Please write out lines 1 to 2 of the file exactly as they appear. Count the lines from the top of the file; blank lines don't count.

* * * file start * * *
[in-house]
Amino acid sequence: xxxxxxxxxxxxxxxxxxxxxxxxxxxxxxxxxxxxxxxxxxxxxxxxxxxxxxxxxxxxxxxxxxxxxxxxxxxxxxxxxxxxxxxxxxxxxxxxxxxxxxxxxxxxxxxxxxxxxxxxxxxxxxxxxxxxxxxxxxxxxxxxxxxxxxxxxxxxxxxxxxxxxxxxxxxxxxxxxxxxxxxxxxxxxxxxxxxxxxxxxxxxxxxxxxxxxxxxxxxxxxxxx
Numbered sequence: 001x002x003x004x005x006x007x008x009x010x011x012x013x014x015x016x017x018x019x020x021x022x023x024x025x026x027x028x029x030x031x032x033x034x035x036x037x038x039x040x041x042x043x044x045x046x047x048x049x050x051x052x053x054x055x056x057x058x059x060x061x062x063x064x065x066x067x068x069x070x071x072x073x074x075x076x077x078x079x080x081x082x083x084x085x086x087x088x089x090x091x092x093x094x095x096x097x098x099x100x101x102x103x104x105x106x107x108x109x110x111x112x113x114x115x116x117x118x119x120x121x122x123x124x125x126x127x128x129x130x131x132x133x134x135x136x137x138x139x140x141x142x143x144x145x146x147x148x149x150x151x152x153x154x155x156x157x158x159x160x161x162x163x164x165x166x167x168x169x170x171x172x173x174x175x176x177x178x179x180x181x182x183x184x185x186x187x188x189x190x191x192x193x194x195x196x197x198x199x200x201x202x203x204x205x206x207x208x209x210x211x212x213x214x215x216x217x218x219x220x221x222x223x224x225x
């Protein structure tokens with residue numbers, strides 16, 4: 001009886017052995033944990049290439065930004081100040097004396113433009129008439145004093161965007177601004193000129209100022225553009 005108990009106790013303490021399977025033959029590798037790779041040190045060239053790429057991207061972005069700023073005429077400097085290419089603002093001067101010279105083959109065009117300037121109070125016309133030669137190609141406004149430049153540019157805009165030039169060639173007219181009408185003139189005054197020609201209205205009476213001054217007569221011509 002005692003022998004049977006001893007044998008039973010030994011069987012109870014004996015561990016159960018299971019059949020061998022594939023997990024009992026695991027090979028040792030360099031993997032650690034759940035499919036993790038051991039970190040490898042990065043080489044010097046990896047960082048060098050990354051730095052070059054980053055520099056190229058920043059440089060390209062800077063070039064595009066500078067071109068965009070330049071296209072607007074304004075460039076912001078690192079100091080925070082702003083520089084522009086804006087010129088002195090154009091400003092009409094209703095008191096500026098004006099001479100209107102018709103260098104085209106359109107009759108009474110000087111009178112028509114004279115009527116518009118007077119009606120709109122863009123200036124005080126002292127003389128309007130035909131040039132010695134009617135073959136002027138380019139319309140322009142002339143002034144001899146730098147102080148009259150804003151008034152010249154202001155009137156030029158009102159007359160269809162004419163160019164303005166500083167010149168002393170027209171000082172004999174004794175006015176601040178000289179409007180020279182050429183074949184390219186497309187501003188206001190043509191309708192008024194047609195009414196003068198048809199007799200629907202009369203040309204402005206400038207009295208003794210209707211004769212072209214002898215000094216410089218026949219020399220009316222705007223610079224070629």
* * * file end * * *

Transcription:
[in-house]
Amino acid sequence: xxxxxxxxxxxxxxxxxxxxxxxxxxxxxxxxxxxxxxxxxxxxxxxxxxxxxxxxxxxxxxxxxxxxxxxxxxxxxxxxxxxxxxxxxxxxxxxxxxxxxxxxxxxxxxxxxxxxxxxxxxxxxxxxxxxxxxxxxxxxxxxxxxxxxxxxxxxxxxxxxxxxxxxxxxxxxxxxxxxxxxxxxxxxxxxxxxxxxxxxxxxxxxxxxxxxxxxxxxxxxxxxx